After years of praising the wonderful Sam Neill documentary on New Zealand Cinema, Cinema of Unease, both on the Cinecast and beyond, I was exceptionally pleased when an astute Rowthree listener pointed out to me, the 2015 kind-of sequel (sidequel?) doc, Out of the Mist. This feature length documentary is certainly less personal than Neill’s survey and commentary, positioning itself in a more academic light; but it plays out far more like a feature length video essay. If you catch my meaning, it has the air of a Marc Cousins style approach to New Zealand representing itself onscreen.

What pleases me most about this new film is the devotion to the not-heralded-enough filmmaker, Vincent Ward (the one thing Out of the Mist does have in common with Neill’s doc – and if this is what the two will agree on, I am happy for that!)

Director Tim Wong and narrator Eleanor Catton offer some rewarding off-the-beaten-path digressions, such as George Rose’s Time is a Spider, Annie Goldson’s Wake, and Kathy Dudding’s Asylum Pieces – it is notable that none of these three films from the 80s, 90s and 2010 are even on the IMDB.)

Friday One Sheet(s): Sisters

It’s a slow and uninteresting week in movie posters this week. And did you know that the Row Three Cinecast has been doing discussions on Brian De Palma films all summer? This coming week will focus on 1973’s Siamese Twin Split-Screen Psychological Horror Picture, Sisters. So I give you some of the marvelous international posters for the film. Above is the lurid pulp novel styled one from Italy. Below the fold are some of the even more provocative and naughtier ones from Thailand, Germany and other countries.

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After the Hype #153 – Paranorman



Boo! We’re joined by Mackenzie Peykov this week to talk about the amazing Laika film – PARANORMAN! There’s so much to talk about with this one, from Casey Affleck’s delightfully dumb Mitch to that ending confrontation that goes darker than anything we’ve seen in a kid’s film of late. You won’t want to miss this spectacular and spooky episode!


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After the Credits Episode 195: Littlest Hobo Media Spew – July

Give us more!

Give us more!

It doesn’t happen very often but on this month’s episode of the Media Spew, we all happened to watch the same show. Yes, as with everyone else, Colleen, Dale (Letterboxd) and I (Letterboxd) all manged to get sucked into the cult of “Stranger Things.”

Aside from Netflix, we also caught up with a great assortment of movies, both new and old. Listen in for all the goodness!

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Cinecast Episode 452 – Too Much Pole Vaulting

Due to sleep deprivation for both of your humble hosts, neither were able to get the flicker house this week for a “new” review. However, DePalma is always accessible and we spend a good deal of time trying to figure out what the hell he was thinking by essentially doing a more sprawling version of Carrie with THE FURY just one year after wrapping up Carrie. Both this decision and the film itself is baffling – but ripe for body explosion and pole vaulting conversation. The Watch List is kind of all over the place as well. It includes book and video game talk as well as “Michael Bay isn’t that bad” conversation and a duplicate title from 1975 that you won’t ever find. Oh yeah, and Leland Orser takes the lead!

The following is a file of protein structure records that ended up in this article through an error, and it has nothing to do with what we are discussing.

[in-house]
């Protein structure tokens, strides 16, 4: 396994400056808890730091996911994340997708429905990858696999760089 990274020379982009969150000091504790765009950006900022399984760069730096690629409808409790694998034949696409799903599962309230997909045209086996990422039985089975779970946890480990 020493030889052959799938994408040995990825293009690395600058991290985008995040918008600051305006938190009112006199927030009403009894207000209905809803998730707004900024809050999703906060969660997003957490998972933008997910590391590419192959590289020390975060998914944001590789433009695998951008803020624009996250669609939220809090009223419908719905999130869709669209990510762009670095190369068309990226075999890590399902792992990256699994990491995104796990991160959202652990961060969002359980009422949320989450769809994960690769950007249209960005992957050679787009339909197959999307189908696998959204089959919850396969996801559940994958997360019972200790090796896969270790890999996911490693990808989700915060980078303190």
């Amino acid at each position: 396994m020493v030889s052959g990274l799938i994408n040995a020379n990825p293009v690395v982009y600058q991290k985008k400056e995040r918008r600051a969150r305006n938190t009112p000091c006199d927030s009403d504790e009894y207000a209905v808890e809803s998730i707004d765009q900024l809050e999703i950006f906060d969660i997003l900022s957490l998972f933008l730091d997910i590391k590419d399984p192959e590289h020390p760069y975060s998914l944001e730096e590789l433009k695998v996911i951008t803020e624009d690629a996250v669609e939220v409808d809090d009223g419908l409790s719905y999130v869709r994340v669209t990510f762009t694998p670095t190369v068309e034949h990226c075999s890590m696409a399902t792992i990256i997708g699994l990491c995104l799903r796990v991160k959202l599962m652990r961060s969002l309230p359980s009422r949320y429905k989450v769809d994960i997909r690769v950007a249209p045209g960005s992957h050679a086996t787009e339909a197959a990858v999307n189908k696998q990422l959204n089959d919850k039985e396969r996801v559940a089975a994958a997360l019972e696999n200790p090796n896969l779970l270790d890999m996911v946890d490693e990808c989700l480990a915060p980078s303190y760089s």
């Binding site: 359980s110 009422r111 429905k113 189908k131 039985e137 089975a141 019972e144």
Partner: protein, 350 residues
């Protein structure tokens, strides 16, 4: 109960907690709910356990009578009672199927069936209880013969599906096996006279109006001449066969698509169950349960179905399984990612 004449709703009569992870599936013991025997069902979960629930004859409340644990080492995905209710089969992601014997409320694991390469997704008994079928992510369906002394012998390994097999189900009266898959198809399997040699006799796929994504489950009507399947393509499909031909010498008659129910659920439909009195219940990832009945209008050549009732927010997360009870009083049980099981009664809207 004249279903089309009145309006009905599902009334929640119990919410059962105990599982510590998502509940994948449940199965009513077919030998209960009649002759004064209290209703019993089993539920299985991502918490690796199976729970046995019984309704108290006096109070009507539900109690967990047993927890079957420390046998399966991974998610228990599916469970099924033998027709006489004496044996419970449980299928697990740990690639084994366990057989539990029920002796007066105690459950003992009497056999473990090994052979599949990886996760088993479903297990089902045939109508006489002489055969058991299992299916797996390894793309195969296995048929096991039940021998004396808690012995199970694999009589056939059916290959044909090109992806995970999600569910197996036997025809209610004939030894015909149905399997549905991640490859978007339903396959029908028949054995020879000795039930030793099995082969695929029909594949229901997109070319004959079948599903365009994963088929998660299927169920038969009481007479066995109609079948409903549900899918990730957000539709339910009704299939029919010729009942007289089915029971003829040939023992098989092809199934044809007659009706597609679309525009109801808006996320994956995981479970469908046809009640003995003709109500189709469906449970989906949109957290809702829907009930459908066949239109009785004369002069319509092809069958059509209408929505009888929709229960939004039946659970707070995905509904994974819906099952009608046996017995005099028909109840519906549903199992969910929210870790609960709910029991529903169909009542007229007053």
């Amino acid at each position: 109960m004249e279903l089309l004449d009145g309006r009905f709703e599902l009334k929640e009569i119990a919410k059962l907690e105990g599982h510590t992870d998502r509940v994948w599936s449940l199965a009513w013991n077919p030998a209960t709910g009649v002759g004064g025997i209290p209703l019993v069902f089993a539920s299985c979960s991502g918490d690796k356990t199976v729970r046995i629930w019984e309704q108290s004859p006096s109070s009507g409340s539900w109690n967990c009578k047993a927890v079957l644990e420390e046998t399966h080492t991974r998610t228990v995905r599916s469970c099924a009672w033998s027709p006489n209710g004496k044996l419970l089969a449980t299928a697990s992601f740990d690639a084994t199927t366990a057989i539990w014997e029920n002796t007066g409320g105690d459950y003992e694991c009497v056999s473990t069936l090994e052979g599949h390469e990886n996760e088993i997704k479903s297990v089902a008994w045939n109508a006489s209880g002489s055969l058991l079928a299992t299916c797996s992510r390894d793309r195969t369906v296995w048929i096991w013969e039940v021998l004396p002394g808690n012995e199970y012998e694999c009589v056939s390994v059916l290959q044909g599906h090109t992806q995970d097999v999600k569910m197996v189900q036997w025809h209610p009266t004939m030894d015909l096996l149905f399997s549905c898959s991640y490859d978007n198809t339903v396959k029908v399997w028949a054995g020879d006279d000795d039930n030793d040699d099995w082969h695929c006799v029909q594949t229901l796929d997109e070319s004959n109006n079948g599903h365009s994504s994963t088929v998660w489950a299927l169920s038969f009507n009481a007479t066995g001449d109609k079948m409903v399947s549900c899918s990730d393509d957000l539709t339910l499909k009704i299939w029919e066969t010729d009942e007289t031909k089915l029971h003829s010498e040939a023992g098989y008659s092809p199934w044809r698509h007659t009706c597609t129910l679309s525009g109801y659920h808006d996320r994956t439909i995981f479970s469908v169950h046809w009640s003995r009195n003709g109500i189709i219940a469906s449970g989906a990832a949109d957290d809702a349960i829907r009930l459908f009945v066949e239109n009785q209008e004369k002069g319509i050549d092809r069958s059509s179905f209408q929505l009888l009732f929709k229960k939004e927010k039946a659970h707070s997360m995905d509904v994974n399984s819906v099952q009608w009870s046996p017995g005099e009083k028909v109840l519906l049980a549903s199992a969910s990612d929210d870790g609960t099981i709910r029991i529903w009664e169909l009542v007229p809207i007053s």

As always, please join the conversation by leaving your own thoughts in the comment section below and again, thanks for listening!

We’re now available on Google Play!



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DVD Review: Stalker

Director: Andrei Tarkovsky
Screenplay by: Arkadiy Strugatskiy, Boris Strugatskiy, Andrei Tarkovsky (uncredited)
Based on a Novel by: Arkadiy Strugatskiy, Boris Strugatskiy
Starring: Aleksandr Kaydanovskiy, Anatoliy Solonitsyn, Nikolay Grinko, Alisa Freyndlikh
Country: Soviet Union
Running Time: 155 min
Year: 1979
BBFC Certificate: PG

My trip through the work of art-house/world cinema heavyweight Andrei Tarkovsky continues with Stalker, from 1979. Like Solaris, this is one of his films I was simultaneously most looking forward to and most wary of. It’s highly regarded (as are all of his films) which got me interested, on top of the sci-fi focus, but it also sounded like it might be the slowest moving and most bleak title of his oeuvre. So, although I had no doubt that I wanted to watch and review the film, I was a bit hesitant to put it on once I’d received the screener. As is too often the case these days (due to having two young children) I was far too tired to take on such a heavy film and ended up watching it in two parts, but I made it through though and managed to appreciate the extraordinary work Tarkovsky had done.

Stalker is set some time in the future when a large area of the country (presumably somewhere in The Soviet Union) has been cordoned off with barbed wire and armed defences. Known only as The Zone, this area is off-limits to everyone and believed to be highly dangerous. Gifted individuals known as Stalkers have special abilities to be able to navigate it though, to take people to what is special about The Zone, The Room. The Room is believed to be a place that can make true the inner most desire of those who enter. Our protagonist is an unnamed Stalker (Aleksandr Kaydanovskiy), who has been hired to guide The Writer (Anatoliy Solonitsyn) and The Professor (Nikolay Grinko) to The Room. As they make the long, treacherous journey out of the city and across The Zone, the three of them argue about the meaning of their lives and the importance of faith, among other things, culminating in a dilemma as they reach the threshold of The Room.